by Atul Gawande
In Being Mortal, bestselling author Atul Gawande tackles the hardest challenge of his profession: how medicine can not only improve life but also the process of its ending
Medicine has triumphed in modern times, transforming birth, injury, and infectious disease from harrowing to manageable. But in the inevitable condition of aging and death, the goals of medicine seem too frequently to run counter to the interest of the human spirit. Nursing homes, preoccupied with safety, pin patients into railed beds and wheelchairs. Hospitals isolate the dying, checking for vital signs long after the goals of cure have become moot. Doctors, committed to extending life, continue to carry out devastating procedures that in the end extend suffering.
Gawande, a practicing surgeon, addresses his profession’s ultimate limitation, arguing that quality of life is the desired goal for patients and families. Gawande offers examples of freer, more socially fulfilling models for assisting the infirm and dependent elderly, and he explores the varieties of hospice care to demonstrate that a person’s last weeks or months may be rich and dignified.
Full of eye-opening research and riveting storytelling, Being Mortal asserts that medicine can comfort and enhance our experience even to the end, providing not only a good life but also a good end.
League of Denial
by Mark Fainaru-Wada, Steve Fainaru
So concluded the National Football League in a December 2005 scientific paper on concussions in America’s most popular sport. That judgment, implausible even to a casual fan, also contradicted the opinion of a growing cadre of neuroscientists who worked in vain to convince the NFL that it was facing a deadly new scourge: A chronic brain disease that was driving an alarming number of players — including some of the all-time greats — to madness.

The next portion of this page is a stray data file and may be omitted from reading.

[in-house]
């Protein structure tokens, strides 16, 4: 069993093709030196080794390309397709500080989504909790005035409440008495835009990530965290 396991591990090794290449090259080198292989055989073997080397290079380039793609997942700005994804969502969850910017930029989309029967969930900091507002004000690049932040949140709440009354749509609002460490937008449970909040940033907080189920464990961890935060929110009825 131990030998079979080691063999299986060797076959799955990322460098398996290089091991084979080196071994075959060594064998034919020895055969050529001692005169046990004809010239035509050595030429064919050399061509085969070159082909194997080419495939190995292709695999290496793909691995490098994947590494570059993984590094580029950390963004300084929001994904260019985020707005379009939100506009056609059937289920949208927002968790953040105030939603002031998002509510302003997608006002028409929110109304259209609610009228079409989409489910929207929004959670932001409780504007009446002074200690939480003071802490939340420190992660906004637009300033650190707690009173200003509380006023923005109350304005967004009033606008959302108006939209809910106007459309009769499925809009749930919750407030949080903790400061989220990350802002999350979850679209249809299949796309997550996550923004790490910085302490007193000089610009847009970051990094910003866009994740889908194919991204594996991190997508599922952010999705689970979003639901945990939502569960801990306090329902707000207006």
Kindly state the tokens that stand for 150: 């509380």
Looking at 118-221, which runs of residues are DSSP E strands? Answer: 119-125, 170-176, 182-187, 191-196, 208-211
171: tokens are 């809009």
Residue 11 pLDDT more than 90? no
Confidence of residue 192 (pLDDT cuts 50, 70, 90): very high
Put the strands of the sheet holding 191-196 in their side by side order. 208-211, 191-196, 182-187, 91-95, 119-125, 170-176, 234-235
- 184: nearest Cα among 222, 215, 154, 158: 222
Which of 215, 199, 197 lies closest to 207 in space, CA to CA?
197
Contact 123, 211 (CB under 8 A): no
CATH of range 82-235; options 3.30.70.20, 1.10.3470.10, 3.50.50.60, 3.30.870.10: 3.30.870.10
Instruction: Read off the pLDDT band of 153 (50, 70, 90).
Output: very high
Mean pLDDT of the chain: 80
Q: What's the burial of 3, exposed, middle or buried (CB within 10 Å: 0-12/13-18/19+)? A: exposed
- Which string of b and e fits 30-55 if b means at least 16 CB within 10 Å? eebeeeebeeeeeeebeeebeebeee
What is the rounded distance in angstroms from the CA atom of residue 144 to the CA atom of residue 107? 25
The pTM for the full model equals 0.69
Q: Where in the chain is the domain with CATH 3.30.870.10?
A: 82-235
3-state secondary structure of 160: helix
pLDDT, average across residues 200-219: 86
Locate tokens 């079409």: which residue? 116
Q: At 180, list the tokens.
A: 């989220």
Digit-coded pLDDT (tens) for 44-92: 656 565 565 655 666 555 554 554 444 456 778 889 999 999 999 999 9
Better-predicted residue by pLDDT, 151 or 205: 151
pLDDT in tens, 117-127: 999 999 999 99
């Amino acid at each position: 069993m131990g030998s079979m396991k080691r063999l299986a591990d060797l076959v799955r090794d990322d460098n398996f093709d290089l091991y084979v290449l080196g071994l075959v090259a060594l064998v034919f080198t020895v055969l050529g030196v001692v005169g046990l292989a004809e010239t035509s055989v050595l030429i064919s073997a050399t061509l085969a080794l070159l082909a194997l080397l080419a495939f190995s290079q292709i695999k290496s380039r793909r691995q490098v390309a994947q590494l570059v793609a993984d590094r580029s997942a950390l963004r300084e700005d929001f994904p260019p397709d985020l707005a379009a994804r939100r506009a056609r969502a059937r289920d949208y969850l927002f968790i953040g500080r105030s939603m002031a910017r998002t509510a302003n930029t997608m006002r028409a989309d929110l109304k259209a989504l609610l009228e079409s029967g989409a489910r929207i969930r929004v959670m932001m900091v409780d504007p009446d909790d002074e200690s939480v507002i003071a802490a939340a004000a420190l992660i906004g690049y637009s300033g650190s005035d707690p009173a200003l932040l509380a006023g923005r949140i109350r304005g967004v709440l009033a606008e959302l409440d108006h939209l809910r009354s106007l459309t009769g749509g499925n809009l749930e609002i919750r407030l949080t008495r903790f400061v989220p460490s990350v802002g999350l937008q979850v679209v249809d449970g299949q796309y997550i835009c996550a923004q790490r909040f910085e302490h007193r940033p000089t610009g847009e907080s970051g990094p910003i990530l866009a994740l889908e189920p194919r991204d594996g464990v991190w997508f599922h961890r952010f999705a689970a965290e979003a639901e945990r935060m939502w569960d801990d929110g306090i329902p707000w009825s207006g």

League of Denial reveals how the NFL, over a period of nearly two decades, sought to cover up and deny mounting evidence of the connection between football and brain damage.
Comprehensively, and for the first time, award-winning ESPN investigative reporters Mark Fainaru-Wada and Steve Fainaru tell the story of a public health crisis that emerged from the playing fields of our 21st century pastime. Everyone knew that football is violent and dangerous. But what the players who built the NFL into a $10 billion industry didn’t know – and what the league sought to shield from them – is that no amount of padding could protect the human brain from the force generated by modern football; that the very essence of the game could be exposing these players to brain damage.
In a fast-paced narrative that moves between the NFL trenches, America’s research labs and the boardrooms where the NFL went to war against science, League of Denial examines how the league used its power and resources to attack independent scientists and elevate its own flawed research — a campaign with echoes of Big Tobacco’s fight to deny the connection between smoking and lung cancer. It chronicles the tragic fates of players like Hall of Fame Pittsburgh Steelers center Mike Webster, who was so disturbed at the time of his death he fantasized about shooting NFL executives; and former Chargers great Junior Seau, whose diseased brain became the target of an unseemly scientific battle between researchers and the NFL. Based on exclusive interviews, previously undisclosed documents and private emails, this is the story of what the NFL knew and when it knew it – questions at the heart of crisis that threatens football, from the highest levels all the way down to Pop Warner.